One day it is the chaos caused by MPs suddenly realising what scientists have been warning about for months, that leaving the nuclear regulatory agency Euratom will cause serious disruption to the energy industry and to healthcare. The next day it may be a panic over the European Arrest Warrant. There are thousands – simply thousands – of these chasms about to open in front of us as we negotiate Brexit, and the Government seems determined to pratfall noisily into every one of them. All the while, the EU is quietly getting on with the business of making new relationships with the rest of the world, even as we petulantly tear up ours.
While the two main UK political parties jostle to see which of them can offer the hardest and most calamitous Brexit, the mood in the nation at large has moved on. The talk of Brexit has shifted, from how brilliant it is, to how damaging it is, to how can we stop this?
With the tide of opinion turning and polls now consistently showing a majority preference for Remain, the first party to call for a halt to this madness is the party that will gain all the capital from it. So who will blink first; which party will choose the red pill? Let’s take a look at the prospects.
At first glance, it doesn’t look hopeful for the Tories.
The Tories’ usual approach in all their dealings is to adopt an air of easy, urbane superciliousness. They’ve been dismayed to learn their pinstripe preening doesn’t work in negotiations with the EU, and neither has their fall-back position of stubbornly refusing to look facts in the eye until those facts give up and go away. They are starting to realise this Brexit lark isn’t quite as easy as it looked when they started.
They’re also finding themselves in the uncomfortable position of realising that all the negotiations are going on in full view of the public, and that the skills they need on this occasion are tact, diplomacy and a little empathy.
Unfortunately, tact, diplomacy and empathy haven’t been survival traits in the Conservative party recently. They’ve been progressively selected out of the talent pool, in a party where advancement has been over the splintered bones of all rivals.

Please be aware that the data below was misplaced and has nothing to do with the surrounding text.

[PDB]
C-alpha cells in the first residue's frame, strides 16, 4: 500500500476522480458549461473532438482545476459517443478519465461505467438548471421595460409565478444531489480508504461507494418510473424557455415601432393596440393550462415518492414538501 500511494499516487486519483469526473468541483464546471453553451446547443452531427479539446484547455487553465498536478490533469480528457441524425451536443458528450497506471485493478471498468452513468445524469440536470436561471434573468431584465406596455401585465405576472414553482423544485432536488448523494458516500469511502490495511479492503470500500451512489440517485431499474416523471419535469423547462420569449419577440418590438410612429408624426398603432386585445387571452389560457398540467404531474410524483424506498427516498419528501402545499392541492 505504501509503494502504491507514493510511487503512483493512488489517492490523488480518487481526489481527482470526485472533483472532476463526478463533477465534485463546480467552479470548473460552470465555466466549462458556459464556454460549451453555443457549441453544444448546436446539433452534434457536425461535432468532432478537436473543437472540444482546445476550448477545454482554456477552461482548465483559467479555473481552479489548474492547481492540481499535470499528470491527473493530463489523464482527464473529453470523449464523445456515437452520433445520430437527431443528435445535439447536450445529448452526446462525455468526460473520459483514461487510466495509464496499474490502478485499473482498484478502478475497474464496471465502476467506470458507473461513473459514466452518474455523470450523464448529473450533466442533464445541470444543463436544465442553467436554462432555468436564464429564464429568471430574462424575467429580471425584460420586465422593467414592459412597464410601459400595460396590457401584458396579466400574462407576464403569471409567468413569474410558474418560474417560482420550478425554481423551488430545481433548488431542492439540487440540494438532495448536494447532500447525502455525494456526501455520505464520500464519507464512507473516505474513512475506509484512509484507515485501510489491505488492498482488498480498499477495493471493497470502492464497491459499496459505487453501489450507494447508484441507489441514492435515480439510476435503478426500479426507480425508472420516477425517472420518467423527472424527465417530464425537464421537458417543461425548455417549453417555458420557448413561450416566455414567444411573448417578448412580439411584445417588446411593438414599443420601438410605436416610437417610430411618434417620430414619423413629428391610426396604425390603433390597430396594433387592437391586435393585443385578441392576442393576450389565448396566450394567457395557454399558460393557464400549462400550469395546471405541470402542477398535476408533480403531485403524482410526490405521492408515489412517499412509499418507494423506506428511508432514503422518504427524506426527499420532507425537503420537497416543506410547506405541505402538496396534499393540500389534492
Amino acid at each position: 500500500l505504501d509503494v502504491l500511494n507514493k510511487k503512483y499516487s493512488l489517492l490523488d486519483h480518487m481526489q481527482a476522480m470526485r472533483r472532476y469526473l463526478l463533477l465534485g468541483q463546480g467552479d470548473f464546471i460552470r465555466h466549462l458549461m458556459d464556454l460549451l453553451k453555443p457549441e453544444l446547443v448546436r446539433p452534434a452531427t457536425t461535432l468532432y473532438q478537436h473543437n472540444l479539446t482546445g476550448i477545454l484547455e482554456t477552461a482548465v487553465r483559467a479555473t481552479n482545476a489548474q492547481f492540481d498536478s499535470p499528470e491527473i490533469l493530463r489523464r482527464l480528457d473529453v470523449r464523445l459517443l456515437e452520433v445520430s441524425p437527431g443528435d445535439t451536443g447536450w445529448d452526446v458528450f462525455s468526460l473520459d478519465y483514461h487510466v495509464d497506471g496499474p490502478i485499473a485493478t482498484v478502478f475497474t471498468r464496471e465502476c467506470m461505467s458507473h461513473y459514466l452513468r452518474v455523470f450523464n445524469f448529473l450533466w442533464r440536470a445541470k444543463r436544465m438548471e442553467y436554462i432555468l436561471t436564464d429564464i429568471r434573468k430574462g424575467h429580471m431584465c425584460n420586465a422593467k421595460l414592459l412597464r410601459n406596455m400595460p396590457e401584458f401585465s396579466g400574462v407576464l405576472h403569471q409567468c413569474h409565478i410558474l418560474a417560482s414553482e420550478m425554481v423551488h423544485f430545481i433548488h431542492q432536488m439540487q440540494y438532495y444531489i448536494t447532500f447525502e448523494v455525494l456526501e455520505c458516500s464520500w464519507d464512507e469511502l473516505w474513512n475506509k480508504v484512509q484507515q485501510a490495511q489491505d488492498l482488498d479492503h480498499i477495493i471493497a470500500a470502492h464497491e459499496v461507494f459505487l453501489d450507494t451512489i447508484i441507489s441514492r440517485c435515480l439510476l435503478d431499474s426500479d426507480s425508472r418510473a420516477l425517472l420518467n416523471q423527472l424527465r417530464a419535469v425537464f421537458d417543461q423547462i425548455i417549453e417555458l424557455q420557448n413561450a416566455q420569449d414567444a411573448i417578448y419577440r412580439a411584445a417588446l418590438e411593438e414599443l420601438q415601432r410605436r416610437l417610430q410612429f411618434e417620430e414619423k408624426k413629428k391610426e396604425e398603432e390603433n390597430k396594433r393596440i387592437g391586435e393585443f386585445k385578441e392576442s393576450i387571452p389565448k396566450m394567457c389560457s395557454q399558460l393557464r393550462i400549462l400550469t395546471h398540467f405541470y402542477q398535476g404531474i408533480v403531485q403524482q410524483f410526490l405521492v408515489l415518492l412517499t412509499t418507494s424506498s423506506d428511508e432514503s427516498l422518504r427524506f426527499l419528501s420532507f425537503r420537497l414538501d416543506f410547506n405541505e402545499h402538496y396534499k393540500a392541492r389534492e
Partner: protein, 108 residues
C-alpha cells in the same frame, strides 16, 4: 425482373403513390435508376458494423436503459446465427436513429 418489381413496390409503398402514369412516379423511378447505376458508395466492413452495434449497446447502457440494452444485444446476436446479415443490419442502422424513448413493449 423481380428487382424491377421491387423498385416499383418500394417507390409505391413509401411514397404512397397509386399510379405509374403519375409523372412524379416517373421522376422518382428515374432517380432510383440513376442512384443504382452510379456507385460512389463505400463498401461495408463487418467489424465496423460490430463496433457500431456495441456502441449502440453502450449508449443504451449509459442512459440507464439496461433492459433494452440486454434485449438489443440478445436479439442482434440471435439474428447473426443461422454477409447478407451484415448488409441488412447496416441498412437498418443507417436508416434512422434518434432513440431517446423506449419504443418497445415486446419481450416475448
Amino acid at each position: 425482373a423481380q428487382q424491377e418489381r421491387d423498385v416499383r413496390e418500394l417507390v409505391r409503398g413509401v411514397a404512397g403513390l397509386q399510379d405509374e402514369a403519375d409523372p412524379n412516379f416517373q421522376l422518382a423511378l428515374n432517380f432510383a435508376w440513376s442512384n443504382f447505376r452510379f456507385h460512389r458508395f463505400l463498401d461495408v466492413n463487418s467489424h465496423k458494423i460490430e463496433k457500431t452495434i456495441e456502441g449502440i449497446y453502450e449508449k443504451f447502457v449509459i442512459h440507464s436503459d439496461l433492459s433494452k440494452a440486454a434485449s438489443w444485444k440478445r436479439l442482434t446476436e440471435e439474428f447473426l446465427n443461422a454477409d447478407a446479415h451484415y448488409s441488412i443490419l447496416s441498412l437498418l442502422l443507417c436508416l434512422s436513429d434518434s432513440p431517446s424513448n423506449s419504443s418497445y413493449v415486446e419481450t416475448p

Tory Brexiters are typified by political botflies Michael Gove and Jacob Rees-Mogg. They probably don’t really have much of an ideological attachment to Brexit itself. They are free market freebooters, who think there’s far too much regulation holding back the right and noble aspirations of all good people: the single-minded pursuit of self-enrichment. They’re not concerned with how history may judge their actions, so long as the cheque clears. So they don’t really care if we’re in the EU or not.
They see Brexit, and the Great Repeal Bill that will shape our post-Brexit legal landscape, as an opportunity to create a “bonfire” of environmental, housing and employment protections. Given recent events, the word seems bleakly appropriate. For these people, nothing short of the hardest of Brexits will suit their aims.
But the Tories as a whole retain a strong sense of self preservation, and they understand well that in order to shape the country they have to be in power. Their pay-per-objectionable-view alliance with the DUP props up the slimmest of majorities, getting slimmer with every racist gaffe. Given a stark choice between unpalatable alternatives, they can at least usually be relied upon to choose the option that causes themselves the least harm.
The moment it becomes clear that continuing with Brexit is going to harm the Tories even more than the humiliation of calling it off, they’ll swing in an instant towards remaining in the EU. Oh, they’ll find somebody else to blame for the U-turn, and they’ll still have internal struggles with their hard-line Brexiters, but they will find a way to make the change.
We can expect no such flibbertigibbeting from the Labour party, because Jeremy Corbyn has Principles.
Right now, Corbyn is living his perfect moment, like a third form Geography teacher who has just spotted a pupil simultaneously running in the corridors and chewing gum. His current poll ratings and relative election success have cemented his leadership, and His Principles immunise him from all challenge. He can’t be bargained with, he can’t be reasoned with, and he absolutely will not stop, ever.